7. Oil Secretary R.S. Pandey, the top bureaucrat in the ministry, too said recently that “the government will protect its property at all costs.”

F : What is Govt.’s Stand ?

  1. According to the production-sharing contract (PSC) signed in 2000 between the government and the contractor, gas to be produced from KG D-6 fields is to be utilized in accordance with the Gas Utilization Policy to be approved by the government.
  2. An Empowered Group of Ministers (EGoM) was constituted in this regard.
  3. On the EGoM level , the Government decided by way of a Gas Utilization Policy, that out of the initial production, 15 mmscmd will go to existing urea plants, 18 mmscmd to existing power plants, 3 mmscmd to existing LPG plants and remaining 5 mmscmd for city gas distribution projects.
  4. The EGoM has further decided that, if any gas remains un-utilized against this allocation, it will be allocated to existing gas-based steel plants and existing gas-based power plants, including captive power plants.
  5. The gas production began on 1st April 2009. Presently, around 31 mmscmd of gas is being produced. Within a year, it is expected to go up to 80 mmscmd. As far as power sector is concerned, 18 mmscmd has been allocated to various existing plants to improve their Plant Load Factor (PLF).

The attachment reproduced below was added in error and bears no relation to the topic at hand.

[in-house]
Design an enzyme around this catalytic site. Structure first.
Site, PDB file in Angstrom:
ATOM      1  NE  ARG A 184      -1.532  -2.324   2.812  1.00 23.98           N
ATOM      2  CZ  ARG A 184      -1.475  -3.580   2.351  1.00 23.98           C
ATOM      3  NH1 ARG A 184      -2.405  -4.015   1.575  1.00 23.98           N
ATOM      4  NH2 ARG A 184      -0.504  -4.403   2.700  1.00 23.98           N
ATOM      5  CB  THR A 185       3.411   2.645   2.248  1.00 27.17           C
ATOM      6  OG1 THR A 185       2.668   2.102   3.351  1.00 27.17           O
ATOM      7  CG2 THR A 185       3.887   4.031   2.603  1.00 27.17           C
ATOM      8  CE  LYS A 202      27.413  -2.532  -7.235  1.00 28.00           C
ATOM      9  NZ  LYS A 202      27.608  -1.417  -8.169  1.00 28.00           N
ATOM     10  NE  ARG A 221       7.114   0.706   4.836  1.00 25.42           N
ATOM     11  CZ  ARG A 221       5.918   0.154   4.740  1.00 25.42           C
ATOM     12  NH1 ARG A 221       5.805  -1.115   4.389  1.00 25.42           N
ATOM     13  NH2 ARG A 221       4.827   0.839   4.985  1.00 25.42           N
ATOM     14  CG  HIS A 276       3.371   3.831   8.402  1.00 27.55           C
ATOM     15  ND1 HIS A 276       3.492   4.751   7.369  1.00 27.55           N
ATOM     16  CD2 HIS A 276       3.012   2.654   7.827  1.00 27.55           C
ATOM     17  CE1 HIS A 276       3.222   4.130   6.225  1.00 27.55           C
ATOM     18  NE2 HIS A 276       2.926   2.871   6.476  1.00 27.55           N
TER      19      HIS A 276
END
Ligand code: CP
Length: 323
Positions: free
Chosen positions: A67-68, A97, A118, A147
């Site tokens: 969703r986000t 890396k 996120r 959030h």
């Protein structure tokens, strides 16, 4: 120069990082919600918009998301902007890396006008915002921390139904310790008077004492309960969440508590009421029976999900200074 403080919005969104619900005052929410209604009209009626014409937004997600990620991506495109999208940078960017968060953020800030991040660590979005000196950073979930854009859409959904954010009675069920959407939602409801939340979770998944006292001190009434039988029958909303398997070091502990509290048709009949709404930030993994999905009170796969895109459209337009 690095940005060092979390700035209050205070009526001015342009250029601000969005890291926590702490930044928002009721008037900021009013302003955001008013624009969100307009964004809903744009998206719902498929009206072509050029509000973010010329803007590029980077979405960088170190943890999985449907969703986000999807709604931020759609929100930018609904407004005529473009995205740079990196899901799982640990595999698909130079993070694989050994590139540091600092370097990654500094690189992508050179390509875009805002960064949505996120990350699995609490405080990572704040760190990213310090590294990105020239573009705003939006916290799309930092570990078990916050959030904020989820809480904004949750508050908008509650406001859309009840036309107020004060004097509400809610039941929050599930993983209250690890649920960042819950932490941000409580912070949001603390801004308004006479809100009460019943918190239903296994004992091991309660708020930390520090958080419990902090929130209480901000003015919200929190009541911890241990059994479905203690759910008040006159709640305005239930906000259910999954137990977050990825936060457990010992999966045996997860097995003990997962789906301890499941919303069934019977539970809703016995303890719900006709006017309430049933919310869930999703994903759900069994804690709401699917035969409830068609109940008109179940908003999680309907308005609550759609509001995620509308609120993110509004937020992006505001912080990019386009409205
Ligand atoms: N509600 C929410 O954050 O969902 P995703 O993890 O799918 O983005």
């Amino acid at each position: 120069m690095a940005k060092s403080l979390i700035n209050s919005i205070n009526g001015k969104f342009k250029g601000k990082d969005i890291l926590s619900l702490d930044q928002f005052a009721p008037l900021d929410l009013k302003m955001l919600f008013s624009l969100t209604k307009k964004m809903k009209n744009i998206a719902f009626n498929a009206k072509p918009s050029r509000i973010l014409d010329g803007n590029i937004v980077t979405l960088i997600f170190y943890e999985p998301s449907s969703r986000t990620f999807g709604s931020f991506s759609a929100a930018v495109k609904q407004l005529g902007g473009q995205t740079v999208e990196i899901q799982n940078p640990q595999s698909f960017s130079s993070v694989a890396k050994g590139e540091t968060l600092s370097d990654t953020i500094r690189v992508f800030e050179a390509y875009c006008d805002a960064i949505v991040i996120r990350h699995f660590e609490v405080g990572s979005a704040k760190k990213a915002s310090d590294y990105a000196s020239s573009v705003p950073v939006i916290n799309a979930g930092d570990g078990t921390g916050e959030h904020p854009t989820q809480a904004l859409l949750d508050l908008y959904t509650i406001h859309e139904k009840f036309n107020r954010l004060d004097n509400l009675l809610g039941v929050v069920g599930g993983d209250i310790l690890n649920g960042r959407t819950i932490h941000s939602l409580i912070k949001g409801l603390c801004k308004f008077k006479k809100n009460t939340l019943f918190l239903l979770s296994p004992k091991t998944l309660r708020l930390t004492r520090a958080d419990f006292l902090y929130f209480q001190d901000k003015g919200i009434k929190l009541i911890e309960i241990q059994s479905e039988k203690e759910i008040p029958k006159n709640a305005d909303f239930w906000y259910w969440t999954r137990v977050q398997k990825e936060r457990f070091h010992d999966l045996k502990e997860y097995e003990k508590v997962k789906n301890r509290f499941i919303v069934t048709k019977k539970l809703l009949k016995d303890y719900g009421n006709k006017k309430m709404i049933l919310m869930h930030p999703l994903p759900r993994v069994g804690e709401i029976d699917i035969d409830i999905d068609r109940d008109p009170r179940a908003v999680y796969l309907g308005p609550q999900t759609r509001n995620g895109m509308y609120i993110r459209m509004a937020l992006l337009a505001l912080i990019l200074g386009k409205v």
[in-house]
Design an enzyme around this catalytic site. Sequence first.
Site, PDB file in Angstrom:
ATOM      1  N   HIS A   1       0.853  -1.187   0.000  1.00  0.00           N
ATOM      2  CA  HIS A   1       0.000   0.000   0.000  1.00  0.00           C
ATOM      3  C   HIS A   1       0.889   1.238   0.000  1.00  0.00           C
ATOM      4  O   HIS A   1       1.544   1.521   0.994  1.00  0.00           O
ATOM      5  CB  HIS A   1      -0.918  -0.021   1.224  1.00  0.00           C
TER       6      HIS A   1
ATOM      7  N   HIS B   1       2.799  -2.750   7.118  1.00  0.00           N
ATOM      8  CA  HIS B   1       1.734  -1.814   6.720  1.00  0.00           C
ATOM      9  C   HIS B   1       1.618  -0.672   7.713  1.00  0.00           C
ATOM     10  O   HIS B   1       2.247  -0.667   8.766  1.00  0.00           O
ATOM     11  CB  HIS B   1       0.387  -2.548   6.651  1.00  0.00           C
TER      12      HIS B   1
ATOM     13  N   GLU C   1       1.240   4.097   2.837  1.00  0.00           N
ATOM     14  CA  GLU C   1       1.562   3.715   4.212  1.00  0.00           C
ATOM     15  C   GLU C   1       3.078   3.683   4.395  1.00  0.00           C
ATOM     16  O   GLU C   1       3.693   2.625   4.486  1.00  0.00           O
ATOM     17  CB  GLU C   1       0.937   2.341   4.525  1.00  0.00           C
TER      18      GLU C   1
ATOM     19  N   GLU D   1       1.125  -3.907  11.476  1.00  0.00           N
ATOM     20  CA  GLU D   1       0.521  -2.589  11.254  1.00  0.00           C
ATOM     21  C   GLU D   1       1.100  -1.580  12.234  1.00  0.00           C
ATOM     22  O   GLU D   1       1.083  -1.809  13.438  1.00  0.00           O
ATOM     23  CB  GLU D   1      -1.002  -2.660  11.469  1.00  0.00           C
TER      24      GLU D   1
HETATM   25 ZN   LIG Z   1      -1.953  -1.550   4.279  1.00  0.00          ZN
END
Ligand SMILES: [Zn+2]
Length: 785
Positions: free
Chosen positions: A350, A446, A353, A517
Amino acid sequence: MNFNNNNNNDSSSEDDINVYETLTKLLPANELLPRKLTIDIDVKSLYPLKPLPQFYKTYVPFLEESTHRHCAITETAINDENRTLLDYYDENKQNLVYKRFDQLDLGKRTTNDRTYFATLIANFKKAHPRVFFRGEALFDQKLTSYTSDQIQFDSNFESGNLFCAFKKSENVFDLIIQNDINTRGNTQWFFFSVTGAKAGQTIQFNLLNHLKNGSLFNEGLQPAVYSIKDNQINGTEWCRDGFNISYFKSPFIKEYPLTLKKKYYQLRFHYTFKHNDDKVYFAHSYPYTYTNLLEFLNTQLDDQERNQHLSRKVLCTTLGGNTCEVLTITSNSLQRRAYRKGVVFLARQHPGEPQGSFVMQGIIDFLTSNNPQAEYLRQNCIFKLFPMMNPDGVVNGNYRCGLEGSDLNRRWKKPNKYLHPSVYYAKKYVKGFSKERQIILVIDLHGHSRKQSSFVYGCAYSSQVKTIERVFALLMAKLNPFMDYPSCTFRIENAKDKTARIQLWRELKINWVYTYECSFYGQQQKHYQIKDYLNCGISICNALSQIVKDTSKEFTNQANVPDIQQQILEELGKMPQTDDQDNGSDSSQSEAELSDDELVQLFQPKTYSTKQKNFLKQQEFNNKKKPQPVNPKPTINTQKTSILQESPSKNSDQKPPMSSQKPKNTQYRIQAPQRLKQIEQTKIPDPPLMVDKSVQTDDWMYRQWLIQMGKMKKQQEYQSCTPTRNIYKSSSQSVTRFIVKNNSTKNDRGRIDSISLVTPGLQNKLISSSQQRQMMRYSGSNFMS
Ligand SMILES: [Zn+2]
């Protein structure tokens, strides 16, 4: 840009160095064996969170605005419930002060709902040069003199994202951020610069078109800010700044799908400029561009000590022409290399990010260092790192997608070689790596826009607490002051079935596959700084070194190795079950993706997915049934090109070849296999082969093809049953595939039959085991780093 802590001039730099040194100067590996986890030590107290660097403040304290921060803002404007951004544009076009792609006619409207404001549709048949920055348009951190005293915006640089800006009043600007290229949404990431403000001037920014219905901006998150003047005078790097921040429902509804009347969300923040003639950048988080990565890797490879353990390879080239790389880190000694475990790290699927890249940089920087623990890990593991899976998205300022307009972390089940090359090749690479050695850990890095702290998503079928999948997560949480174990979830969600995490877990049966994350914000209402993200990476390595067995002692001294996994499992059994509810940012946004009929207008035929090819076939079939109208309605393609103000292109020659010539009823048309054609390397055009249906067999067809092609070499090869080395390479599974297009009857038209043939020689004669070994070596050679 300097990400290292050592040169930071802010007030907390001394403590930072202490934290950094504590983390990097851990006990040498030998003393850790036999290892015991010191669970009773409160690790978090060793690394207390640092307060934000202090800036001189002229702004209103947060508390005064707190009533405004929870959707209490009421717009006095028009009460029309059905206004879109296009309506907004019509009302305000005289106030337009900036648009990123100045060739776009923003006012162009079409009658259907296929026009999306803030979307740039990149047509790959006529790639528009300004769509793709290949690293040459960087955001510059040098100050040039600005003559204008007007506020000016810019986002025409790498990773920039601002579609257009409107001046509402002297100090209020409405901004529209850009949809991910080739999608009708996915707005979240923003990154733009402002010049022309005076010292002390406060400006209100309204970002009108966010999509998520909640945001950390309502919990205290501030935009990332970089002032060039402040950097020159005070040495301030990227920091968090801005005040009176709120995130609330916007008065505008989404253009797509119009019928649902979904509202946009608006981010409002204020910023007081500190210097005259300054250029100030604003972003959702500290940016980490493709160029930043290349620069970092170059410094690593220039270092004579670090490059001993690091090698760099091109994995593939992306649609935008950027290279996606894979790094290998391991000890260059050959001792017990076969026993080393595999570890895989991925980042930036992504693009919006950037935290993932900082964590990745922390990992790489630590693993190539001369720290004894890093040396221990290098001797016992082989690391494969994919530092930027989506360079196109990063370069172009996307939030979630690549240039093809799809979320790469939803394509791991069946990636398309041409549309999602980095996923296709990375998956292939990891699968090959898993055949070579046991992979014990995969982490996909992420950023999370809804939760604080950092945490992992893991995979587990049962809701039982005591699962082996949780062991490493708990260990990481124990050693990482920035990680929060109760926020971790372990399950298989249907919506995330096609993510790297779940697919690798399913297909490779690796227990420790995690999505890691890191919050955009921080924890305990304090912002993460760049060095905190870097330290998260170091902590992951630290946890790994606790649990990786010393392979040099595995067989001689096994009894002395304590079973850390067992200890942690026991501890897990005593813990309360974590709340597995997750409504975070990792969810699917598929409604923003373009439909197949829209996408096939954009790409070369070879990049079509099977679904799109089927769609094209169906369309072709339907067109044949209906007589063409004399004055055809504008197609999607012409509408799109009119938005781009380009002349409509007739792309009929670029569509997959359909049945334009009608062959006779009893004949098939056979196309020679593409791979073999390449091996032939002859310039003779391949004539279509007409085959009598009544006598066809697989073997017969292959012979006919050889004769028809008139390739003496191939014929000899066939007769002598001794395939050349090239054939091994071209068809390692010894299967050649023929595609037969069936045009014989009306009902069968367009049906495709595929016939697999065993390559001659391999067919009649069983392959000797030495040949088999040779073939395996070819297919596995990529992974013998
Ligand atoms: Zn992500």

6. It may be noted that no gas has been allocated to any plant, which is not existing or functional.
  7. As far as NTPC is concerned, the government has allocated gas to it. Out of 18 mmscmd for power sector, 2.67 mmscmd gas has been allocated to NTPC plants. Another 2.7 mmscmd has been allocated to RGPPL in which NTPC has 28 percent stake.
  8. Now the Govt. says that RNRL’s Dadri power plant was considered by the EGoM. This plant is neither installed nor functional.
  9. There are many other plants which are in the process of being set up in different parts of the country.